Higher Level Thinking with Novices

When I was doing my student teaching (in English) our methods teacher said something like, “The complexity of your language is a reflection of your complexity of thought.”  While I can get behind this statement for a native language, this isn’t true for a second language.  I mean, I’m entirely capable of complex thought, but I certainly can’t express that in Spanish.  Depending on the topic I may be able to express a complex-ish thought in French.  And on any one day, I may or may not find complex thought expression in English a stretch.

This makes it easy to say oh, those novices, they can’t do any critical thinking.

Not True – Beyond DOK 1

Here is a simple activity, that I did not invent that asks students to think critically with very little language.  Let me start out with that in the first hours of French, I tell this completely ridiculous story about a crab who has its heart broken by a chain smoking rabbit and who is ultimately consoled by a snail.  It’s riveting.

This activity is actually what I think of as disguised input.  (I suppose some people would argue that the best comprehensible input is disguised, but for me it means that this is not an input activity per se.)  This activity is meant to give students the opportunity to hear the words chien, chat, lapin  several times in a meaningful context and it asks students to think critically without producing a lot of language.  They need to say impossible, possible, probable (with the French pronunciation-ish).

I put up the slide and then ask in the TL, “Rabbits eat carrots? Yes, that’s pretty logical.”  “Dogs eat hamburgers?” You’d be surprised by the answer to that one. “Dogs eat cats?! What?! Dogs eat cats! Nooooooooon.”   “Dogs speak French.”  “Snails eat lettuce.”

You get the idea.  We go through many, many possibilities.  You’ll notice that the second row is all cognates except fleur, which is like a half cognate.

Enter Google Forms

This year I’m taking this activity to the next level with a Google Form.  I asked students to read the statements and then answer and some of the statements were different than the ones I said outloud.  And then you know what we did?  We practiced numbers by talking about percentages of people who think it’s probable that dogs eat cats, etc.  Because there is never not a good time to use numbers in context.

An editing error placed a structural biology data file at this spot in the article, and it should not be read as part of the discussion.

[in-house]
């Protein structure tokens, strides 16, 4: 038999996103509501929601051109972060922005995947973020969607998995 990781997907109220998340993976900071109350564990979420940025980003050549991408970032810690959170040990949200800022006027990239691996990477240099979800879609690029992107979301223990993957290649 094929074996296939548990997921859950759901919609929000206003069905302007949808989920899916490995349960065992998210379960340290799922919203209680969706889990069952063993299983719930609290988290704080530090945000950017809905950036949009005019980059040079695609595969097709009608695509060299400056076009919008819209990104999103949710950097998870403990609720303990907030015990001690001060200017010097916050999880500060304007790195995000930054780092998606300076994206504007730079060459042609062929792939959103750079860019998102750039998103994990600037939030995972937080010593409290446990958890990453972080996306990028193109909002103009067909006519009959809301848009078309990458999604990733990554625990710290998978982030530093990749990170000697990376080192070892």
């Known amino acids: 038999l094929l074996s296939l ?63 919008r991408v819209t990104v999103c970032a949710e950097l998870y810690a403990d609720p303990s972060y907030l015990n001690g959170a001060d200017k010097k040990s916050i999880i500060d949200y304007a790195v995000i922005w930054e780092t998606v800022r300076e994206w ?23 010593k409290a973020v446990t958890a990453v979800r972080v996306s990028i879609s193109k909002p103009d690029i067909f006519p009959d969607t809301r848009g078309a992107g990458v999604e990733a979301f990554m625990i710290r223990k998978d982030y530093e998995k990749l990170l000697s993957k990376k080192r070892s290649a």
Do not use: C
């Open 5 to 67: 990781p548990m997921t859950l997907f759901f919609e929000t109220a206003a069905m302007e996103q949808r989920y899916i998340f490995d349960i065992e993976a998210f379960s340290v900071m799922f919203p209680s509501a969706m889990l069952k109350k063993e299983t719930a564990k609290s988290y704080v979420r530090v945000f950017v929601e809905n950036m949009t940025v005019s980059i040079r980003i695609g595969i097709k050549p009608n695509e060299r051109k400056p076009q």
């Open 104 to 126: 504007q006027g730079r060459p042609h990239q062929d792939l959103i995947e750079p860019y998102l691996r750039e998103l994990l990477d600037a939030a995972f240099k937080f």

I didn’t do this next step because we didn’t have time, but to extend the activity I could ask students to make their own sentences that (im)possible or probable.  Or I could ask them to move sentences and categorize them.

And then…

I make enough work for myself, so I love when I can re-use things I’ve already built.  The next activity involves the students using aime/adore/n’aime pas/déteste with the same slide.  Additionally, we re-tell the whole story by using aime/adore/n’aime pas déteste.  This year I added in parce que for the students and they made amazing sentences for such limited hours of French.

I’m not suggesting that my silly story and activity will leave students enlightened, but it does allow for them to think critically and respond to a complex question with simple language.

 

#edublogsclub Advice for New Teachers

In my myriad of roles at work, I get to work with new teachers often. When I saw this topic I thought what a great opportunity!  Here’s my best new teacher ideas.

  1. Plan.  As I work with more and more teachers I am absolutely astounded at the number of teachers who don’t have a thoughtful lesson plan.  It’s not ok.  “If you fail to plan, you plan to fail.”  It’s amazing how a little thought will have effects on any number of classroom issues.
  2. Use your textbook.  Throwing out that textbook is quite sexy right now.  Sure it might seem like all the cool kids are ditching their textbook, but right now, as a new teacher- hold onto that book.  Get your bearings first.  When I was at the CLTA Summer Seminar I saw someone had a sticky on their computer that something like, “Use the textbook and supplement the f%^k out of it.”  Try that.
  3. Two Hour Limit.  When I did my student teaching my master teacher told me that she tried never to work more than two hours extra per day.  This has always stuck in my head as a personal check.  It is easy to spend hours after school getting ready and planning, but balance is key to being healthy.
  4. Find a role model.  On any campus there’s a variety of characters.  Look at who they are and why.  Who has the respect of the leaders?  How are the leaders moving the campus and students forward?  Are there bullies who push everyone into accepting their ideas?  Who are the grumpy grouchy grumblers?  Who do you want to be?